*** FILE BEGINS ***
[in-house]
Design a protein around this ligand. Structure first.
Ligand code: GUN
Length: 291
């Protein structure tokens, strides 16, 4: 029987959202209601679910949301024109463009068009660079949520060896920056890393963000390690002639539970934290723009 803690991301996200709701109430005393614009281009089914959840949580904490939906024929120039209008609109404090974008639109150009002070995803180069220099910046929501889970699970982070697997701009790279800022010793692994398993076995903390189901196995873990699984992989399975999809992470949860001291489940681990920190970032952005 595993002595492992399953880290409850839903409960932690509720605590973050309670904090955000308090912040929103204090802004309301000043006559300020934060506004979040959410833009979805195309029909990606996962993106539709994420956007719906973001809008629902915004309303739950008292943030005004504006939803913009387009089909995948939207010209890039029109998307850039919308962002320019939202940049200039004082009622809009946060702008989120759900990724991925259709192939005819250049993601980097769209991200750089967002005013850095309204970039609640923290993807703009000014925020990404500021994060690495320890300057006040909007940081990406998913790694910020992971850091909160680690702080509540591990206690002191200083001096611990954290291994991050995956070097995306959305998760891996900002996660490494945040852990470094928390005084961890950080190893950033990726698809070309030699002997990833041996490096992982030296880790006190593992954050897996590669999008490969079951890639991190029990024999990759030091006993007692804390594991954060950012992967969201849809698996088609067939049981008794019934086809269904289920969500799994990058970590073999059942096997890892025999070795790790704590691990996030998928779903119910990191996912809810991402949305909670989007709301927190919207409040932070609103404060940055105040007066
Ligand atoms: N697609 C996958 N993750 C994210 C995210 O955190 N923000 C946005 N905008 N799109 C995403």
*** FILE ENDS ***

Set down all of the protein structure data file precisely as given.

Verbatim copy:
[in-house]
Design a protein around this ligand. Structure first.
Ligand code: GUN
Length: 291
């Protein structure tokens, strides 16, 4: 029987959202209601679910949301024109463009068009660079949520060896920056890393963000390690002639539970934290723009 803690991301996200709701109430005393614009281009089914959840949580904490939906024929120039209008609109404090974008639109150009002070995803180069220099910046929501889970699970982070697997701009790279800022010793692994398993076995903390189901196995873990699984992989399975999809992470949860001291489940681990920190970032952005 595993002595492992399953880290409850839903409960932690509720605590973050309670904090955000308090912040929103204090802004309301000043006559300020934060506004979040959410833009979805195309029909990606996962993106539709994420956007719906973001809008629902915004309303739950008292943030005004504006939803913009387009089909995948939207010209890039029109998307850039919308962002320019939202940049200039004082009622809009946060702008989120759900990724991925259709192939005819250049993601980097769209991200750089967002005013850095309204970039609640923290993807703009000014925020990404500021994060690495320890300057006040909007940081990406998913790694910020992971850091909160680690702080509540591990206690002191200083001096611990954290291994991050995956070097995306959305998760891996900002996660490494945040852990470094928390005084961890950080190893950033990726698809070309030699002997990833041996490096992982030296880790006190593992954050897996590669999008490969079951890639991190029990024999990759030091006993007692804390594991954060950012992967969201849809698996088609067939049981008794019934086809269904289920969500799994990058970590073999059942096997890892025999070795790790704590691990996030998928779903119910990191996912809810991402949305909670989007709301927190919207409040932070609103404060940055105040007066
Ligand atoms: N697609 C996958 N993750 C994210 C995210 O955190 N923000 C946005 N905008 N799109 C995403």